The Pretty Girl Bloat
This photographic series explores the issue of “food-shaming” and something that I call “food anxiety”. A body’s composition changes multiple times throughout the day due to consuming food, exercise, and rest periods. I have struggled with some sort of food anxiety for a while now, feeling self-conscious about bloating due to eating. I would feel bad and food shame myself after cheat meals that were well deserved just because my body composition changed. I was thinking that people would notice bloating and the subtle changes in my body when in reality no one looked at me and thought “wow Miranda USE to look fit, but it definitely looks like she ate three Oreos today.” I have recently conquered my food anxiety and have accepted that it is normal to look bloated, I still look good and I still look fit.
I think that body image is an issue with women today due to harsh influences and beauty standards that are already set for us. I follow a lot of women in the fitness world who are good influences in a sense of working hard and achieving goals, but they aren’t good influences when it comes to body image because they aren’t portraying their true selves. We all post images on social media when we look good, I am myself am guilty of it. When I take “fitness pictures” and put them on my Instagram, it’s when I haven’t eaten anything yet and I just worked out so of course I look good? But I will tell you that 80% of the time I am bloated OR I have a fierce food baby. So since I’m only showing that 20% on social media, my followers are thinking that that is what my body composition looks like all the time... because that’s what I’m portraying. So I took advantage of this assignment to show my true self, to show body transformation, and to glamorize the biology of the human body. I think it is important to show other women what you look like on a daily basis and not just what you look like with a workout pump, and zero calories in your system.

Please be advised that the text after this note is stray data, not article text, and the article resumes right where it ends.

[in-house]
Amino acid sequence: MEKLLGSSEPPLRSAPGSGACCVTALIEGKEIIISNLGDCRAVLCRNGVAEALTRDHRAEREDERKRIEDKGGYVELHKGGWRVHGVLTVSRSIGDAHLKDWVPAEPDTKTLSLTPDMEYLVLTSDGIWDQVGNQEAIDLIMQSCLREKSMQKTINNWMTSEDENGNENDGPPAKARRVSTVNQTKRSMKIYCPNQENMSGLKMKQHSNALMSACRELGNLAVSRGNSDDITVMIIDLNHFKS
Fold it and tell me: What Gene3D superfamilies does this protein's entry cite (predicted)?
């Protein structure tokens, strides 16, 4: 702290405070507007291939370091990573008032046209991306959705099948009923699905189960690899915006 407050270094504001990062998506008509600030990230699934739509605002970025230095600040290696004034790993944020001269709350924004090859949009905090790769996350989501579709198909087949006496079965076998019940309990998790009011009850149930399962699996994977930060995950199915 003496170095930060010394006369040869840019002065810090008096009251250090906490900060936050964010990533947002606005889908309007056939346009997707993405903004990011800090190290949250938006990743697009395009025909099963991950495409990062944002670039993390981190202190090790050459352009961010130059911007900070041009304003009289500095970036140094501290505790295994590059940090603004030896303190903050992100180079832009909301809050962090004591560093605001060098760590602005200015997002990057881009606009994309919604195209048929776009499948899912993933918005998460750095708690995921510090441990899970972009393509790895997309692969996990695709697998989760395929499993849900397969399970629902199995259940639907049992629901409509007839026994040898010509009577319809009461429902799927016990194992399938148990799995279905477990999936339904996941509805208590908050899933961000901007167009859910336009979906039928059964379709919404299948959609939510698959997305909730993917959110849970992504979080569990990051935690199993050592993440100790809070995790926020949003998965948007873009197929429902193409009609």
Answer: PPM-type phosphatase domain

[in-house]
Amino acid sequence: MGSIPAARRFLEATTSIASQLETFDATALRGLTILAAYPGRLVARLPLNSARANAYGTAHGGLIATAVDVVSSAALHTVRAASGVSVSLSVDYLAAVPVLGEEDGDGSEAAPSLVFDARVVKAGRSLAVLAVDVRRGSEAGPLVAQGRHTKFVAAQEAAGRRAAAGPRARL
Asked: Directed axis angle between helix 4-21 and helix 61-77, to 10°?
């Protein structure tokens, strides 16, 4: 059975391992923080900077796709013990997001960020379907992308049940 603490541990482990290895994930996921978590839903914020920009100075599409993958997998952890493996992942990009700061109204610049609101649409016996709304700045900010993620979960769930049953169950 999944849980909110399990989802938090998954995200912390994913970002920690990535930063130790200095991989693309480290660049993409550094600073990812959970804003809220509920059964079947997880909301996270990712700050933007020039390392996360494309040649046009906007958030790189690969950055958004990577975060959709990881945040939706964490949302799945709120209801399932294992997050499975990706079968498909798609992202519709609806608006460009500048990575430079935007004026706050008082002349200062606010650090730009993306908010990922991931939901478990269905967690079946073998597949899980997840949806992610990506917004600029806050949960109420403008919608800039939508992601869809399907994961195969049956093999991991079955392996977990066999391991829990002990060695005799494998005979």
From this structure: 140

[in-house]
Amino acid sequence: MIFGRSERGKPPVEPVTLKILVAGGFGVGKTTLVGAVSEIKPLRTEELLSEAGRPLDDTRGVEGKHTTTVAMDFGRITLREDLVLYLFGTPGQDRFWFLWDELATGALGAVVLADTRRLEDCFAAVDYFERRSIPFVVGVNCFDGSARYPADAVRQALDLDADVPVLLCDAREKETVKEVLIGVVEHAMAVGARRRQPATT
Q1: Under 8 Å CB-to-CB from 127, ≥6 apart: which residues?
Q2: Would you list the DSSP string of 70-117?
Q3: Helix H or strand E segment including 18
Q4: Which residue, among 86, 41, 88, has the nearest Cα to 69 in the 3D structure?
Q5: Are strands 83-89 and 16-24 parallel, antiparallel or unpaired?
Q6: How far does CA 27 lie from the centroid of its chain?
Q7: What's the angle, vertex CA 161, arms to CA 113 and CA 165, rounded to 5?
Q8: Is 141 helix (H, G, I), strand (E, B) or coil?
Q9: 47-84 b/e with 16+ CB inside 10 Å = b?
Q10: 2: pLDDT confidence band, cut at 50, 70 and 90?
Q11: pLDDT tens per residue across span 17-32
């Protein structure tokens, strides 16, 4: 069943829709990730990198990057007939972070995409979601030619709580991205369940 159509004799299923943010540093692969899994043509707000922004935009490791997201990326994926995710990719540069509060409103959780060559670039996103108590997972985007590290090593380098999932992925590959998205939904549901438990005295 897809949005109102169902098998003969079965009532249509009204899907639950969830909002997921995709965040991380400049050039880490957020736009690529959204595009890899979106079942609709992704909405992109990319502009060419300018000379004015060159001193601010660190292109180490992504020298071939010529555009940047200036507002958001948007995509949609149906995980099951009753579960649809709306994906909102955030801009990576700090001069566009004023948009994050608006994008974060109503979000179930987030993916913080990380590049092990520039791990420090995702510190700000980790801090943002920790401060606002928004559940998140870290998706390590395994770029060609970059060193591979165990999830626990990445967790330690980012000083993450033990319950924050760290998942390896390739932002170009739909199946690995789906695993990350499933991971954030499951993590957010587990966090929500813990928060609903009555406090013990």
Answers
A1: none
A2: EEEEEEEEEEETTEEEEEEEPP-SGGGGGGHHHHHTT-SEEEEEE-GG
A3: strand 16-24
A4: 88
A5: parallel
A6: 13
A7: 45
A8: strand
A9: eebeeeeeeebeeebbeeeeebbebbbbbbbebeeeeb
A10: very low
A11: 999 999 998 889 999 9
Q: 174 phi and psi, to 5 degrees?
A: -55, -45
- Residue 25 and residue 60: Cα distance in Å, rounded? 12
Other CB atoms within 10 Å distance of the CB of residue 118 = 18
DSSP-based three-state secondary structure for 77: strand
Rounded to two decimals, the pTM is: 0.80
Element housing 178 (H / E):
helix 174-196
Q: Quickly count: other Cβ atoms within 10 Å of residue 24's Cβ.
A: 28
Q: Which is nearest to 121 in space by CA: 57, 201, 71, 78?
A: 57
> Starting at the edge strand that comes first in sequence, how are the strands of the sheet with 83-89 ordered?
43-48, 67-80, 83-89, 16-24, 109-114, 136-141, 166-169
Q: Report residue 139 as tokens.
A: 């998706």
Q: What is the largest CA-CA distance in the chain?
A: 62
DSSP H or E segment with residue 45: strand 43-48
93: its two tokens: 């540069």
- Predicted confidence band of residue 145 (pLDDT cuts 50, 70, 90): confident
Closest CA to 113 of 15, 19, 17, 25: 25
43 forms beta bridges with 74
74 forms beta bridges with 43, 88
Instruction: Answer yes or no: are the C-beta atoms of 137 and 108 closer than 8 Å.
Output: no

I photographed myself five times throughout the day, each time my body changed: first thing in the morning, after I worked out, post meal one, post meal two, and right before I went to bed. I documented the time of day, my caloric intake, macro intake and an inner thought for each time of day. I want to send positive body-image messages to women and young girls, glamorizing the bloat. Glamorizing the body, no matter what size or shape and teaching girls “I’m gonna love myself no matter what!”